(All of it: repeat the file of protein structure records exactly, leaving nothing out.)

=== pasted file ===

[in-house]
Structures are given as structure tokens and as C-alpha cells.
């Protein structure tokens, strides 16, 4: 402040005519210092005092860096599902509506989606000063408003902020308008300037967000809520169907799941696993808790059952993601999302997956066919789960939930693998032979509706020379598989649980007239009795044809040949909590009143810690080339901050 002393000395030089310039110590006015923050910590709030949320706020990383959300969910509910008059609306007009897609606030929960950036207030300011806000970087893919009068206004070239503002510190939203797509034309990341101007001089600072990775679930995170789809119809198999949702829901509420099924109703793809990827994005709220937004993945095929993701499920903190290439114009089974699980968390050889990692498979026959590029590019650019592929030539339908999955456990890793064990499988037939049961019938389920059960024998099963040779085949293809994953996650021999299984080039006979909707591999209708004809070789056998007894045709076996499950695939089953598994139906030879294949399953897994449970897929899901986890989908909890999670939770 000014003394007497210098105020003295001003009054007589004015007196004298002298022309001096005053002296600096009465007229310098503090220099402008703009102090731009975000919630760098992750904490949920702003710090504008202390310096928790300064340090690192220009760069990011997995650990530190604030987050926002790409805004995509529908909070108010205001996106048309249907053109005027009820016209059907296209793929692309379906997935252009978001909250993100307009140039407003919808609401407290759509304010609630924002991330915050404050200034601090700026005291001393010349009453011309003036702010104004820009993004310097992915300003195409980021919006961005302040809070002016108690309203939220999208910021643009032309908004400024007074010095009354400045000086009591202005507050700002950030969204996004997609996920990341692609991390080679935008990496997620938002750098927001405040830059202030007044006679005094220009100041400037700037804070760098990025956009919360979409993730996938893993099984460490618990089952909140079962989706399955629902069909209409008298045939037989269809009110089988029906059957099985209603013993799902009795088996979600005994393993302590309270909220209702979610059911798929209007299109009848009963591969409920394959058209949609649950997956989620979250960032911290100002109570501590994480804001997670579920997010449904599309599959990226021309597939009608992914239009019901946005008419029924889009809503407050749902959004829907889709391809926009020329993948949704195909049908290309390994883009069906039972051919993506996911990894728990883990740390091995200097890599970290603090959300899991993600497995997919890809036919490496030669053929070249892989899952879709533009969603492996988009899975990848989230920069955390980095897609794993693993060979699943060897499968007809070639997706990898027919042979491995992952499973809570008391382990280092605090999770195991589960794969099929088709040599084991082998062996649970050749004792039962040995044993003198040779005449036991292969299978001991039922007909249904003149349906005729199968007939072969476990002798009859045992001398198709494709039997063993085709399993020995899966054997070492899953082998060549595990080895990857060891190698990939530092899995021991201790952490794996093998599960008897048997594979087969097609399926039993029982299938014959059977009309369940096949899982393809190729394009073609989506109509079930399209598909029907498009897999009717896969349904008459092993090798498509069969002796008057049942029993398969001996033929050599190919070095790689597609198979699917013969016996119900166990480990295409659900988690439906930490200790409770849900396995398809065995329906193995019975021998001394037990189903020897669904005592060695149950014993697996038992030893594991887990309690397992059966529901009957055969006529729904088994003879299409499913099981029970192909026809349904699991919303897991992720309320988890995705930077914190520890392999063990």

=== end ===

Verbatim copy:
[in-house]
Structures are given as structure tokens and as C-alpha cells.
């Protein structure tokens, strides 16, 4: 402040005519210092005092860096599902509506989606000063408003902020308008300037967000809520169907799941696993808790059952993601999302997956066919789960939930693998032979509706020379598989649980007239009795044809040949909590009143810690080339901050 002393000395030089310039110590006015923050910590709030949320706020990383959300969910509910008059609306007009897609606030929960950036207030300011806000970087893919009068206004070239503002510190939203797509034309990341101007001089600072990775679930995170789809119809198999949702829901509420099924109703793809990827994005709220937004993945095929993701499920903190290439114009089974699980968390050889990692498979026959590029590019650019592929030539339908999955456990890793064990499988037939049961019938389920059960024998099963040779085949293809994953996650021999299984080039006979909707591999209708004809070789056998007894045709076996499950695939089953598994139906030879294949399953897994449970897929899901986890989908909890999670939770 000014003394007497210098105020003295001003009054007589004015007196004298002298022309001096005053002296600096009465007229310098503090220099402008703009102090731009975000919630760098992750904490949920702003710090504008202390310096928790300064340090690192220009760069990011997995650990530190604030987050926002790409805004995509529908909070108010205001996106048309249907053109005027009820016209059907296209793929692309379906997935252009978001909250993100307009140039407003919808609401407290759509304010609630924002991330915050404050200034601090700026005291001393010349009453011309003036702010104004820009993004310097992915300003195409980021919006961005302040809070002016108690309203939220999208910021643009032309908004400024007074010095009354400045000086009591202005507050700002950030969204996004997609996920990341692609991390080679935008990496997620938002750098927001405040830059202030007044006679005094220009100041400037700037804070760098990025956009919360979409993730996938893993099984460490618990089952909140079962989706399955629902069909209409008298045939037989269809009110089988029906059957099985209603013993799902009795088996979600005994393993302590309270909220209702979610059911798929209007299109009848009963591969409920394959058209949609649950997956989620979250960032911290100002109570501590994480804001997670579920997010449904599309599959990226021309597939009608992914239009019901946005008419029924889009809503407050749902959004829907889709391809926009020329993948949704195909049908290309390994883009069906039972051919993506996911990894728990883990740390091995200097890599970290603090959300899991993600497995997919890809036919490496030669053929070249892989899952879709533009969603492996988009899975990848989230920069955390980095897609794993693993060979699943060897499968007809070639997706990898027919042979491995992952499973809570008391382990280092605090999770195991589960794969099929088709040599084991082998062996649970050749004792039962040995044993003198040779005449036991292969299978001991039922007909249904003149349906005729199968007939072969476990002798009859045992001398198709494709039997063993085709399993020995899966054997070492899953082998060549595990080895990857060891190698990939530092899995021991201790952490794996093998599960008897048997594979087969097609399926039993029982299938014959059977009309369940096949899982393809190729394009073609989506109509079930399209598909029907498009897999009717896969349904008459092993090798498509069969002796008057049942029993398969001996033929050599190919070095790689597609198979699917013969016996119900166990480990295409659900988690439906930490200790409770849900396995398809065995329906193995019975021998001394037990189903020897669904005592060695149950014993697996038992030893594991887990309690397992059966529901009957055969006529729904088994003879299409499913099981029970192909026809349904699991919303897991992720309320988890995705930077914190520890392999063990």